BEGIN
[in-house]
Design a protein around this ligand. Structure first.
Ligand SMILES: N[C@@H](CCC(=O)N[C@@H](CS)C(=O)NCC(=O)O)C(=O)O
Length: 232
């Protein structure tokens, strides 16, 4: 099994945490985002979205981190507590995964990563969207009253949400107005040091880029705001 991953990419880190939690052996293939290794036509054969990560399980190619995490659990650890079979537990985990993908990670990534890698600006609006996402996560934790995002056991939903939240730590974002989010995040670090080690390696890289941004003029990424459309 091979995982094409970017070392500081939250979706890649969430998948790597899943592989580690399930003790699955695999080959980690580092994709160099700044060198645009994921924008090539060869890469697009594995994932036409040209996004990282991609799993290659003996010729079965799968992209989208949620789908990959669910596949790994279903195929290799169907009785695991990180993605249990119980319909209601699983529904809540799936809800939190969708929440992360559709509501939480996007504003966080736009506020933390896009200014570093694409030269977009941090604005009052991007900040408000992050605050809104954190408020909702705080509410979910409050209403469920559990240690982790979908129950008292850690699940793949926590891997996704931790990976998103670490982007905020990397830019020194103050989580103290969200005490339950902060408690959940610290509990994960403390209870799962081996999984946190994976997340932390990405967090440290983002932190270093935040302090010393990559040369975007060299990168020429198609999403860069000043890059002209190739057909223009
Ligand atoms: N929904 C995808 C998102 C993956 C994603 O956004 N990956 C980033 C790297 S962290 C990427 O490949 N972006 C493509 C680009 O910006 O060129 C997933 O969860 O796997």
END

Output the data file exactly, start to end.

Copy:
[in-house]
Design a protein around this ligand. Structure first.
Ligand SMILES: N[C@@H](CCC(=O)N[C@@H](CS)C(=O)NCC(=O)O)C(=O)O
Length: 232
């Protein structure tokens, strides 16, 4: 099994945490985002979205981190507590995964990563969207009253949400107005040091880029705001 991953990419880190939690052996293939290794036509054969990560399980190619995490659990650890079979537990985990993908990670990534890698600006609006996402996560934790995002056991939903939240730590974002989010995040670090080690390696890289941004003029990424459309 091979995982094409970017070392500081939250979706890649969430998948790597899943592989580690399930003790699955695999080959980690580092994709160099700044060198645009994921924008090539060869890469697009594995994932036409040209996004990282991609799993290659003996010729079965799968992209989208949620789908990959669910596949790994279903195929290799169907009785695991990180993605249990119980319909209601699983529904809540799936809800939190969708929440992360559709509501939480996007504003966080736009506020933390896009200014570093694409030269977009941090604005009052991007900040408000992050605050809104954190408020909702705080509410979910409050209403469920559990240690982790979908129950008292850690699940793949926590891997996704931790990976998103670490982007905020990397830019020194103050989580103290969200005490339950902060408690959940610290509990994960403390209870799962081996999984946190994976997340932390990405967090440290983002932190270093935040302090010393990559040369975007060299990168020429198609999403860069000043890059002209190739057909223009
Ligand atoms: N929904 C995808 C998102 C993956 C994603 O956004 N990956 C980033 C790297 S962290 C990427 O490949 N972006 C493509 C680009 O910006 O060129 C997933 O969860 O796997």